Do we really have to avoid inversions during menstruation? The short answer is, yes.
Not everyone agrees, though.
This can be a recurring point of contention on yoga discussion boards. I’ve seen arguments that suggest ‘making’ women modify or avoid certain yoga practices during their period is an anti-feminist practice that degrades women. This assertion comes in reaction to ancient, often patriarchal traditions that separated women during the menses from the rest of the family or society as they were considered ‘unclean’ or ‘impure’.[i]
I’ll argue in this blog, when viewed from the contemporary feminine yoga perspective, it’s actually quite the reverse. If we don’t acknowledge the unique needs of our feminine bodies, by adjusting our yoga practice, especially during our monthly bleed, we are doing ourselves a great disservice. A feminine yoga approach, which includes avoiding or modifying the traditional inverted postures, is a wonderful way to support and honour ourselves as women during our monthly cycle.
Why? Well, that’s part of the long answer, which is, well, long! So, buckle up and let me try to explain why inverted postures are not ideal to practise during your period for both energetic and physiological reasons.
To begin, it’s important to understand that this discussion is part of an even bigger topic. There’s so much to say about modifying your yoga practice for not only your menses but also throughout the entire menstrual cycle that I’ve written a book about it—Moving with the Moon: Yoga, Movement & Meditation for Every Phase of your Menstrual Cycle & Beyond. So, I’ll offer a summary here to provide context and make a case for avoiding or at least modifying inversions during the bleeding phase of your cycle.
According to my ‘moving-with-the-moon’ philosophy, the menstrual cycle is divided into four phases that can metaphorically correspond with the phases of the moon. Menstruation represents what I call the Dark Moon phase and is the time in the cycle when a woman’s energy is at its lowest— physically and energetically. Hormone levels have plummeted and the immune system is actually at its most vulnerable at this point in your cycle. [ii] This explains why it’s not unusual to feel tired and even a bit wiped out for at least those first few days of your period.
Of course, this is not always the case, every person is different, but even if you feel filled with energy at this time and want to do a strong practice, there are a few reasons why it’s worth considering adopting a gentler, more Dark Moon focused practice.
The main reasons all fall under the overriding feminine yoga principle that promotes physical and energetic softness during this phase. The idea is to avoid a strenuous practice that can further deplete a woman’s already depleted energy; we want to go with (rather than against) the natural energy of the bleeding time in which the uterus is working hard (in my book, I call it the ‘mini birth’) to shed the lining of the endometrium.
We want to encourage a nurturing, restorative practice that will rebuild a menstruating person’s physical and psycho-emotional energy, and from an Ayurvedic point of view, this means fostering apana—the grounding, downward movement of energy that is such an important aspect of a feminine approach to yoga.
Even modern science is catching up with this idea of going gently during the menstruation. Dr Andre Marhol a Primary Care Physician, GP and Medical Advisor at Flo cautions that ‘strenuous or prolonged exercise’ is best avoided during menstruation, and cites a study that found ‘60 minutes of moderate to intense exercise during menstruation caused exercise-induced inflammation.[iii]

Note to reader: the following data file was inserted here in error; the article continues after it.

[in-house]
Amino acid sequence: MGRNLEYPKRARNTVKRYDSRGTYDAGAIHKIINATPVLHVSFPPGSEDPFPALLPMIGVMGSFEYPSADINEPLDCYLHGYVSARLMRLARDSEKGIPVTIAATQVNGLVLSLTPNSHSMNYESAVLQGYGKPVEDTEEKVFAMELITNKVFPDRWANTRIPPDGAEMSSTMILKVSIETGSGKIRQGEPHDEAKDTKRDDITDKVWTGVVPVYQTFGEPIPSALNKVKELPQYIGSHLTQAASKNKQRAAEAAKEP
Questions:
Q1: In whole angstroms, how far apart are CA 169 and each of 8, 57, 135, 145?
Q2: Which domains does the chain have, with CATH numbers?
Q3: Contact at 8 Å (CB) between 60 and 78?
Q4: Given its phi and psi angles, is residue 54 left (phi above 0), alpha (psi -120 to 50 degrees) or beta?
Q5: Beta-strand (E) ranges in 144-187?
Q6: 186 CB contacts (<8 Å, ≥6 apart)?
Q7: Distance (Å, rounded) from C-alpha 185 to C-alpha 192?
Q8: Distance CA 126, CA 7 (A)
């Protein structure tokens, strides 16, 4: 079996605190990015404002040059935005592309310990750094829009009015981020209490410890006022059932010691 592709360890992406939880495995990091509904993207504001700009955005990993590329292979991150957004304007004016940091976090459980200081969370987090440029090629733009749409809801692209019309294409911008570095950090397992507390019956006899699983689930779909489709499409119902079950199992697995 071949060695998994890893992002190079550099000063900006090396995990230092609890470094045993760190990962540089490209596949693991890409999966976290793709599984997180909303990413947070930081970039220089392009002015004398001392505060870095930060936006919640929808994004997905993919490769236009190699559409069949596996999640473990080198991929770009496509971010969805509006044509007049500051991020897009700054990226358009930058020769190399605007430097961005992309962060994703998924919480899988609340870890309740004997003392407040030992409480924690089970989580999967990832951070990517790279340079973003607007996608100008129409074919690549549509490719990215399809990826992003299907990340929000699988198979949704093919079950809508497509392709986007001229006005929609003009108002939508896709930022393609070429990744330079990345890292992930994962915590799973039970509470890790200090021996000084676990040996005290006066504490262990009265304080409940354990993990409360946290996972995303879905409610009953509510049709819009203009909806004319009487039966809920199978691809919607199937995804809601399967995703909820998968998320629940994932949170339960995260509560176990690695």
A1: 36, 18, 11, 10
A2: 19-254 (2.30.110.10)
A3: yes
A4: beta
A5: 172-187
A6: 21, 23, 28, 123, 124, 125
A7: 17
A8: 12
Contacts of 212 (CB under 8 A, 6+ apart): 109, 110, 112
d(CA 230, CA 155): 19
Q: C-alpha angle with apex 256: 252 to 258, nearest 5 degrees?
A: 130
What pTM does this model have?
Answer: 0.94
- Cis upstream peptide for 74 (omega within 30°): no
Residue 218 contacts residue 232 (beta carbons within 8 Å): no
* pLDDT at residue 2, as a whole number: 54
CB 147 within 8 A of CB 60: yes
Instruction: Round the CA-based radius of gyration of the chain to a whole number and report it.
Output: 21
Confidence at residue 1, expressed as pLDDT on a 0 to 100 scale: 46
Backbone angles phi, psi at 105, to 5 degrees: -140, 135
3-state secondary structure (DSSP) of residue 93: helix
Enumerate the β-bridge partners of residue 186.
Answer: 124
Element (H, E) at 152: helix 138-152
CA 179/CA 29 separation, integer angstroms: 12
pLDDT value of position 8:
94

Inversions like headstand, handstand and even shoulderstand require a certain amount of energy and dynamism to perform that is not always naturally present during our bleed, as we’ve seen.
In addition, from a Western, physiological point of view, inverted postures can be associated with vascular constriction (see Mary P. Schatz, M.D & Judith Lasater[iv]) which can cause a temporary cessation of the flow and then a heavier return.
Inverted postures can also potentially cause injury in the sacrum and lower back during this time of the month as we tend to have a higher level of the hormone relaxin in our bodies, which can cause instability in the lower back, sacrum and/or pelvic area by softening the joints and soft tissue there.
Plus, when practising the more active inversions like handstand and headstand, we should ideally recruit our abdominals to bring stability in the pose—i.e., core activation— but most women will find that they have less access to these core muscles during their bleed. Our abdominal and pelvic floor muscles feel less switched on and naturally soften and it feels counterintuitive to engage them. Just try doing a Boat Pose (Paripurna Navasana) when you’re heavily bleeding—it’s generally not fun!
Another reason to avoid or modify inversions and other more, strong, ‘yang’ postures such as dynamic backbends and twists is due to what I call the ‘mini birth’.
The uterus is one of the strongest muscles in the body by weight—it needs be strong to push out a baby—and it’s working hard every month to eliminate the menstrual blood. The menstrual cramping that about 80% of women experience is a testament to our hard-working womb. I suggest that we want to support this mini-birth and that means not going upside down. Think about it, a woman doesn’t stand on her head when she’s actually giving birth, so why do this for her monthly mini-birth?
Energetically, inversions also go against apana (downward movement of energy) that Ayurveda claims is beneficial for women’s health. We want to support the monthly process of detoxing, helping our body release what Ayurveda calls ama in order to promote optimal reproductive and overall health. This is apparently where we’re lucky as women—that we have this opportunity for monthly cleansing and renewal. So, inverting, not only goes against the literal flow of the blood but also the energetic flow.